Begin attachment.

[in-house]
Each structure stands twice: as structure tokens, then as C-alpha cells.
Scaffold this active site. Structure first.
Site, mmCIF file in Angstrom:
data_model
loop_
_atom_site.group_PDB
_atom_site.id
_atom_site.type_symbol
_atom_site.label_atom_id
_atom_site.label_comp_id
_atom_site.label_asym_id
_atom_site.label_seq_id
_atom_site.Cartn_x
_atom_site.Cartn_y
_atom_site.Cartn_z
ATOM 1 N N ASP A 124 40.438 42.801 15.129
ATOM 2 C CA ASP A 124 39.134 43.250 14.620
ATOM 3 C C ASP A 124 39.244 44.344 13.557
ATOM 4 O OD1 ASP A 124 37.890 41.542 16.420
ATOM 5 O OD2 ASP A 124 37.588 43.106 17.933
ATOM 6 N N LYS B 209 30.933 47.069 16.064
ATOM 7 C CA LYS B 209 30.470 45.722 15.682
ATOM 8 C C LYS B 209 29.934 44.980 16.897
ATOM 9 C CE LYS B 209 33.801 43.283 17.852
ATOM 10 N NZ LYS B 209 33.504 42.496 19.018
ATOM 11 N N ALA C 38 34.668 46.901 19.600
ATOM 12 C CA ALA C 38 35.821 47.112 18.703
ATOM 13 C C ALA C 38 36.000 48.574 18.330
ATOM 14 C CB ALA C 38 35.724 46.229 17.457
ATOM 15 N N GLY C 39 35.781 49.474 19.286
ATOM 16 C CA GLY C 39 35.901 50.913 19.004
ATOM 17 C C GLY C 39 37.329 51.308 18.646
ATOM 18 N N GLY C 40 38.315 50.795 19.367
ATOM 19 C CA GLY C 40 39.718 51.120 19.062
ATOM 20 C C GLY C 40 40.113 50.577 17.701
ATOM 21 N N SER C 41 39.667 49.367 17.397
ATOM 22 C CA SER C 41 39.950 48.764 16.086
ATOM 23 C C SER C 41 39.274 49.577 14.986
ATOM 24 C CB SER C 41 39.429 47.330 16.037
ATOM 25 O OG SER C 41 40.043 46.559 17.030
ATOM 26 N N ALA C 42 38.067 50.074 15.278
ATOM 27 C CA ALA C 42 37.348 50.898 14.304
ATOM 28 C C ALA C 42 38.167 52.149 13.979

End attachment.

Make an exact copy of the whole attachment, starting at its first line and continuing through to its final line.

[in-house]
Each structure stands twice: as structure tokens, then as C-alpha cells.
Scaffold this active site. Structure first.
Site, mmCIF file in Angstrom:
data_model
loop_
_atom_site.group_PDB
_atom_site.id
_atom_site.type_symbol
_atom_site.label_atom_id
_atom_site.label_comp_id
_atom_site.label_asym_id
_atom_site.label_seq_id
_atom_site.Cartn_x
_atom_site.Cartn_y
_atom_site.Cartn_z
ATOM 1 N N ASP A 124 40.438 42.801 15.129
ATOM 2 C CA ASP A 124 39.134 43.250 14.620
ATOM 3 C C ASP A 124 39.244 44.344 13.557
ATOM 4 O OD1 ASP A 124 37.890 41.542 16.420
ATOM 5 O OD2 ASP A 124 37.588 43.106 17.933
ATOM 6 N N LYS B 209 30.933 47.069 16.064
ATOM 7 C CA LYS B 209 30.470 45.722 15.682
ATOM 8 C C LYS B 209 29.934 44.980 16.897
ATOM 9 C CE LYS B 209 33.801 43.283 17.852
ATOM 10 N NZ LYS B 209 33.504 42.496 19.018
ATOM 11 N N ALA C 38 34.668 46.901 19.600
ATOM 12 C CA ALA C 38 35.821 47.112 18.703
ATOM 13 C C ALA C 38 36.000 48.574 18.330
ATOM 14 C CB ALA C 38 35.724 46.229 17.457
ATOM 15 N N GLY C 39 35.781 49.474 19.286
ATOM 16 C CA GLY C 39 35.901 50.913 19.004
ATOM 17 C C GLY C 39 37.329 51.308 18.646
ATOM 18 N N GLY C 40 38.315 50.795 19.367
ATOM 19 C CA GLY C 40 39.718 51.120 19.062
ATOM 20 C C GLY C 40 40.113 50.577 17.701
ATOM 21 N N SER C 41 39.667 49.367 17.397
ATOM 22 C CA SER C 41 39.950 48.764 16.086
ATOM 23 C C SER C 41 39.274 49.577 14.986
ATOM 24 C CB SER C 41 39.429 47.330 16.037
ATOM 25 O OG SER C 41 40.043 46.559 17.030
ATOM 26 N N ALA C 42 38.067 50.074 15.278
ATOM 27 C CA ALA C 42 37.348 50.898 14.304
ATOM 28 C C ALA C 42 38.167 52.149 13.979